chapter 5 trait theory

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Trait theory

The view that criminality is a product of abnormal biological or psychological traits

Sociobiology

The view that human behavior is motivated by inborn biological urges to survive and preserve the species

Hypoglycemia

A condition that occurs when glucose (sugar) in the blood falls below levels necessary for normal and efficient brain functioning

Androgens

Male sex hormonss

Testostrone

The principal male hormone

Premenstrual syndrome (Pms)

Condition, postulated by some theorists, wherein several days before and during menstruation excessive amounts of female sec hormones stimulate antisocial aggressive behavior

Neurophysiology

The study of brain activity

Conduct disorder

A pattern of repetitive behavior in which the rights of others or social norms are violated

Attention-deficit/hyperactivity disorder. (ADHD)

A developmentally inappropriate lack of attention, along with impulsivity and hyperactivity

Neurotransmitters

Chemical compounds that influence or activate brain functions

Arousal theory

The view that people seek to maintain a preferred level of arousal but vary in how they process sensory input. A need for high levels of enviormental stimulation may lead to aggressive, violent behavior patterns.

Contaigion effect

People become deviant when they are influenced by others with whom they are in close contact

Psychodynamic theory

Theory, originated by frued, that the human personality is controlled by unconscious mental process that develop early in childhood and involve interaction of id, ego and, super ego

Id

The primitive part of peoples mental makeup, present at birth, that represents unconscious biological drive for food, sex, and other lifesustaining necessities. The id seeks instant gratification without concern for the rights of others

Ego

The part of the personality developed in early childhood that helps control the id and keep peoples actions within the boundaries if social convention.

Superego

Incorporation within the personality of the moral standards and values of parents,community, and significant others.

Attachment theory

Bowlbys theory that being able to form an emotional bond to another person is an important aspect of mental health throughout the life span.

Behavior theory

The view that all human behavior is learned through a process of social reinforcement(rewards and punishment)

Social learning theory

The view that people learn to be aggressive by observing others acting aggresivley to achieve some goal or being rewarded for violent acts.

Behavior modeling

The process of learning behavior by observing others.aggressive models may be parents, criminals in neighborhood, or charachters on television or in movies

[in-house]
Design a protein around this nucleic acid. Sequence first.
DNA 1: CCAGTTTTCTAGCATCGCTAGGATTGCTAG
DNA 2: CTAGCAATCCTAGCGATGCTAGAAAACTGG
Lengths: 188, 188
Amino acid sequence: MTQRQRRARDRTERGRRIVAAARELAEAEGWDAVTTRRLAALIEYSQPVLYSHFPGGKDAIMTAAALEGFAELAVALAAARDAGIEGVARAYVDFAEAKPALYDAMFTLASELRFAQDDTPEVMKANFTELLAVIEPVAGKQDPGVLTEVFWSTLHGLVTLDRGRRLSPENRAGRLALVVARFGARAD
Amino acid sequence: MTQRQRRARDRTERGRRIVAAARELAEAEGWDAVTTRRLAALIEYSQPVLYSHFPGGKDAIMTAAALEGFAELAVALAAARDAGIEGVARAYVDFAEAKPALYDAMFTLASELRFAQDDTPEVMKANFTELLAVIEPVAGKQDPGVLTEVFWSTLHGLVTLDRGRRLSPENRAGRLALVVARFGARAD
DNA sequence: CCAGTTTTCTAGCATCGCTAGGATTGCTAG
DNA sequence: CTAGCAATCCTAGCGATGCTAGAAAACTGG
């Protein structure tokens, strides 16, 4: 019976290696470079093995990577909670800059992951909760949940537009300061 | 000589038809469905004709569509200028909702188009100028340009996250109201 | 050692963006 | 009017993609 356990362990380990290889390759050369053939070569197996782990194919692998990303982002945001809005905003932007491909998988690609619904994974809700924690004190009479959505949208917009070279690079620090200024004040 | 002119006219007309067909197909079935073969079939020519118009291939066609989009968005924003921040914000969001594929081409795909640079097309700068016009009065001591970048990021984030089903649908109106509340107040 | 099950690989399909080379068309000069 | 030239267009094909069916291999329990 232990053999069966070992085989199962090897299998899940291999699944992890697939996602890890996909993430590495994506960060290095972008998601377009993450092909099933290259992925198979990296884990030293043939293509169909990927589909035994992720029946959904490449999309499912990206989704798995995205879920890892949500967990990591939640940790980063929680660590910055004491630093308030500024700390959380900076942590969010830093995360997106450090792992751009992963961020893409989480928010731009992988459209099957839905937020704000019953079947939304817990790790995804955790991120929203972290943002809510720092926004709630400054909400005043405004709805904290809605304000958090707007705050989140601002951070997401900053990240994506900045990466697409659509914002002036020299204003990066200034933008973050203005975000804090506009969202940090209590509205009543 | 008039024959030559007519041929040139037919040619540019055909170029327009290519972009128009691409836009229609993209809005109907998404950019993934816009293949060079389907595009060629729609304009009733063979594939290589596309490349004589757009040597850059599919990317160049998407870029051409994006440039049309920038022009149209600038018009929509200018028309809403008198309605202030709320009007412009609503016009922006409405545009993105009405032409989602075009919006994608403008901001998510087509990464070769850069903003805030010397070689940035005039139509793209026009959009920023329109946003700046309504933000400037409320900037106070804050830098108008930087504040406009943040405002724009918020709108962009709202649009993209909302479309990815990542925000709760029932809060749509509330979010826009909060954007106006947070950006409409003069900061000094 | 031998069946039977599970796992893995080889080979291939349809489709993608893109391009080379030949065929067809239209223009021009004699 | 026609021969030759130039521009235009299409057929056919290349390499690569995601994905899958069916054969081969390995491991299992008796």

Cognitive theory

Psychological perspective that focuses on the mental processes by which people percieve and represent the world around them and solve problems.

Information - processing theory

Theory that focuses on how people process, store, encode, retrieve, and manipulate information to make decisions and solve problems

Personality

The reasonably stable patterns of behavior, including thoughts and emotions, that distinquish one person from another

Antisocial personality

Combination of traits, such as hyperactivity, impulsivity, hedonism, and inability to empathize with others, that make a person prone to deviant behavior and violence : also revered to as sociopathic or psychopathic personality

Nature theory

The view that intelligence is largely determined genetically and that low intelligence is linked to criminal behavior.

Nurture theory

The view that intelligence is not inherited but is largely a product of engulfment. Low iq scores do no cause crime but may result from the same enviormental factors

Mood disorder

A condition in which the prevailing emotional mood is distorted or inappropriate to the circumstances

Oppositional defiant disorder (odd)

A pattern of negativistic, hostile, and defiant behavior, during which a child often loses her or his temper, often argues with adults, and often.activley defies or refuses to comply with adults requests or rules

Schizophrenia

A severe disorder marked by hearing nonexistent voices, seeing hallucinations, and exhibiting inappropriate responses

Bipolar disorder

An emotional disturbance in which moods alternate between periods of wild elation and deep deppression

Primary prevention programs

Programs such as substance abuse clinics and mental health associations, that seek to treat personal problems before they manifest themselves as crime

Secondary prevention programs

Programs that provide treatment, such as psychological counseling, to youths and adults after they have violated the law

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